It works, yet Slick Honey is better. PM6000 is just too sticky.
    Does it migrate to the bottom of a single-air fork though?

  13. #13
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    Float fluid can actually block the air transfer port on the current solo air forks. Never use anything in the positive air chamber but a grease like slick honey, or it won't correctly equalize pressure in the negative chamber. O rings all get slick honey too.

    On the dual air forks you could put a little float fluid on the main piston without harm, but solo air forks don't like this. Do not add any "air piston lube" to a solo air fork, other than a grease like slick honey.

    This is specific info for the current solo air forks.

  14. #14
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    Quote Originally Posted by MarcusSommers View Post
    Float fluid can actually block the air transfer port on the current solo air forks.
    If that's true surely the red grease could block them as well, as it's a lot thicker than Float Fluid? I would have thought that the air pressure would blow a very thin grease like Float Fluid through the port no problem.

  15. #15
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    I use slick honey. It is what the RS techs recommend.

  16. #16
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    Quote Originally Posted by Mr Pig View Post
    If that's true surely the red grease could block them as well, as it's a lot thicker than Float Fluid? I would have thought that the air pressure would blow a very thin grease like Float Fluid through the port no problem.
    It doesn't block the port, it gets sucked down thru the port into the negative chamber = fork rides like garbage. SLICK HONEY for Solo Air fork pistons peeps! Slick Honey (or equivalent like Super Slick) is formulated rather thin and is compatible with splash oil. Graphite grease... not so much! The fork manufacturer KNOWS what they're talking about!

    Have FUN!

    G MAN

    PS - I'm surprised at Chris' answer as he's usually very knowledgeable. I can tell you that I wasted money on RWC's pillow packs floating that fluid on top of the air piston on my Lyrik Solo Air. It all wound up in the negative air chamber! Lesson learned.
    "There's two shuttles, one to the top and one to the hospital" I LOVE this place!!!

  17. #17
    What?
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    Quote Originally Posted by Gman086 View Post
    It doesn't block the port, it gets sucked down thru the port into the negative chamber = fork rides like garbage. SLICK HONEY for Solo Air fork pistons peeps! Slick Honey (or equivalent like Super Slick) is formulated rather thin and is compatible with splash oil. Graphite grease... not so much! The fork manufacturer KNOWS what they're talking about!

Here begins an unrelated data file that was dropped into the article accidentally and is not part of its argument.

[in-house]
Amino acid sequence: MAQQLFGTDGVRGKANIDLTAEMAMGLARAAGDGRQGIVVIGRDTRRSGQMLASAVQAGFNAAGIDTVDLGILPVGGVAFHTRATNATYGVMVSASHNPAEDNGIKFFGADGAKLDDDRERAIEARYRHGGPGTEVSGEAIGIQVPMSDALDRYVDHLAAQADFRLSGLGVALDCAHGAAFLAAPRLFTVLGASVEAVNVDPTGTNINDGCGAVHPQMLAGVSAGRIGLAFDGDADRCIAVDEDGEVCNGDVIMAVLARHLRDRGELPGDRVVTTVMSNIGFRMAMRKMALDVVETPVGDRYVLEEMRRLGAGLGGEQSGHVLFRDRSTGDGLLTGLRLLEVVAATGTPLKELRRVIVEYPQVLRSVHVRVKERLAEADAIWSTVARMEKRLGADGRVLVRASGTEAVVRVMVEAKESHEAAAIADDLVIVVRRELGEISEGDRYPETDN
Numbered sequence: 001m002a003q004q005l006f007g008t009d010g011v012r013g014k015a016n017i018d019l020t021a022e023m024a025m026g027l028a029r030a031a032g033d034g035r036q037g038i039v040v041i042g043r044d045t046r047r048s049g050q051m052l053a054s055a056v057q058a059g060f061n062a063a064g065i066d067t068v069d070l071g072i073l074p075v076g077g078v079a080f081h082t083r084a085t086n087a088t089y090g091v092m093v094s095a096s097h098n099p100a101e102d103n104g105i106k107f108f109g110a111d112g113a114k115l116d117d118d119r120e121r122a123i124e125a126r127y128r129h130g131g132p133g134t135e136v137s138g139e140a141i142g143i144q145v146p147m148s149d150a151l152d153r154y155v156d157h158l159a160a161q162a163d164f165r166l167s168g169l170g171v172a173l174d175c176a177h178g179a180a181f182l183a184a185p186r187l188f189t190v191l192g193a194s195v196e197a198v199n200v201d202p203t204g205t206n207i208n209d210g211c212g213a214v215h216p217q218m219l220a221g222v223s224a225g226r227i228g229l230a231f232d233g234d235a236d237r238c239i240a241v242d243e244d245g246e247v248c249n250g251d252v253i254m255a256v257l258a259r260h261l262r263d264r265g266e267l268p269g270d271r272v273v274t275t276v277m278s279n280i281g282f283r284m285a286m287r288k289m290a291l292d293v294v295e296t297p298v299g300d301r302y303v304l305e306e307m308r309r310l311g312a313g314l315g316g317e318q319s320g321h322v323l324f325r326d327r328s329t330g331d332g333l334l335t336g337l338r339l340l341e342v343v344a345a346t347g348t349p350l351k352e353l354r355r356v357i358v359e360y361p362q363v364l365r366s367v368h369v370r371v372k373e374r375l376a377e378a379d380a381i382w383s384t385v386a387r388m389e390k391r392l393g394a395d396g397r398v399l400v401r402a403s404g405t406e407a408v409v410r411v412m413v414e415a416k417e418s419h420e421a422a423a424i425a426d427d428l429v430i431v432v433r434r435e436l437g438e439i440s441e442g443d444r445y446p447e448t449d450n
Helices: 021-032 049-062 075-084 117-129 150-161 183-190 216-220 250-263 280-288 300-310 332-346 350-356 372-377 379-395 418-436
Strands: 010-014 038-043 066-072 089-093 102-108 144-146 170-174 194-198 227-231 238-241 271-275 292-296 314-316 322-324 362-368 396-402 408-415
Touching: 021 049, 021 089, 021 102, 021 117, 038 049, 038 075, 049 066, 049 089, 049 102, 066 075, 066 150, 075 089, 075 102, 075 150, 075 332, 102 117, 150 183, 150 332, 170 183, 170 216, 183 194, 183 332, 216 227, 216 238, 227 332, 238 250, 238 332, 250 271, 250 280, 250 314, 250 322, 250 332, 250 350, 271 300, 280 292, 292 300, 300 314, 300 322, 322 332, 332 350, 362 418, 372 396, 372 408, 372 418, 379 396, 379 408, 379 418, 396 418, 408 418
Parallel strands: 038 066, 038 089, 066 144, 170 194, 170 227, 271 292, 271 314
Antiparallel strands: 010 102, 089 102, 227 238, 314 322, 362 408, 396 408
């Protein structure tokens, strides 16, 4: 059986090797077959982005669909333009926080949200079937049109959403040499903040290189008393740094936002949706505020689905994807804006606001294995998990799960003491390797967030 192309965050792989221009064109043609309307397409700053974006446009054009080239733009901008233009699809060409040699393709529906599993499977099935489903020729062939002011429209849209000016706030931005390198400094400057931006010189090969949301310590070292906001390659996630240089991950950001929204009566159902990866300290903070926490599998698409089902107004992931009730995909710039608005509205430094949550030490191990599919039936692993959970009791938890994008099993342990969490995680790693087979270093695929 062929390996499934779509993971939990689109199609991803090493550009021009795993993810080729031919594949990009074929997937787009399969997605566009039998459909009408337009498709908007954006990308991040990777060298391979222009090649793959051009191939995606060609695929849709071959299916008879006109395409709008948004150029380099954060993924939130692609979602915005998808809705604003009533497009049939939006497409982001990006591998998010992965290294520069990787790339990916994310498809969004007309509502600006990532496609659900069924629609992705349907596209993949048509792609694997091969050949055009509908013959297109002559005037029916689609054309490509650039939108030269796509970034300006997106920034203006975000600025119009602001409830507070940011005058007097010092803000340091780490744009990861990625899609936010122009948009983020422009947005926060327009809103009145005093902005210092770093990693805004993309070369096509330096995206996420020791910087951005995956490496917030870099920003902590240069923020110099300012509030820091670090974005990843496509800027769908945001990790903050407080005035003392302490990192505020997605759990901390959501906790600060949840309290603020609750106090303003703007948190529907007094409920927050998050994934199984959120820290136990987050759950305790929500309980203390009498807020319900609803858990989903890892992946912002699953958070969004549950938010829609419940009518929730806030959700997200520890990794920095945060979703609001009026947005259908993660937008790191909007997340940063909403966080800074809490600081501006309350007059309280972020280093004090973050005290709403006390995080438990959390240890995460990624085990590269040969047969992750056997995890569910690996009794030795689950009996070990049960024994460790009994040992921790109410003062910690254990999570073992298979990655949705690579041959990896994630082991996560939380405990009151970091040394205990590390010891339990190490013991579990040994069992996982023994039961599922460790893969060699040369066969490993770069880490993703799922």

Have FUN!

    G MAN

    PS - I'm surprised at Chris' answer as he's usually very knowledgeable. I can tell you that I wasted money on RWC's pillow packs floating that fluid on top of the air piston on my Lyrik Solo Air. It all wound up in the negative air chamber! Lesson learned.
    This is correct. For RS forks, do not put oil on the air piston because it will not stay there. Grease it up and you are good to go for a while.

  18. #18
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    So is Float Fluid ok for dual-air forks, which don't have the port? That would be ideal as I have a dual-air fork and a bottle of Float Fluid! ;0) Already have dozens of different oils and lubes so avoiding buying another would be nice.

  19. #19
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    ^^ No port = it's fine to float fluid on top of piston!
    "There's two shuttles, one to the top and one to the hospital" I LOVE this place!!!

  20. #20
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    Quote Originally Posted by Gman086 View Post
    No port = it's fine to float fluid on top of piston
    Fang queue.

  21. #21
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    Quote Originally Posted by Gman086 View Post
    PS - I'm surprised at Chris' answer as he's usually very knowledgeable. I can tell you that I wasted money on RWC's pillow packs floating that fluid on top of the air piston on my Lyrik Solo Air. It all wound up in the negative air chamber! Lesson learned.
    Don't be surprised. I make plenty of mistakes. Yes, the OP mentioned a new SID, so grease only in this case. My excuse is I was directly addressing this statement: "Grease seems like a poor sealant for the piston in an air fork." For any standard piston (one that is actually sealed with no ports, valves, or dimples for equalization), APL helps seal and lubricate and should be used in addition to grease. My point was the grease and APL have different roles.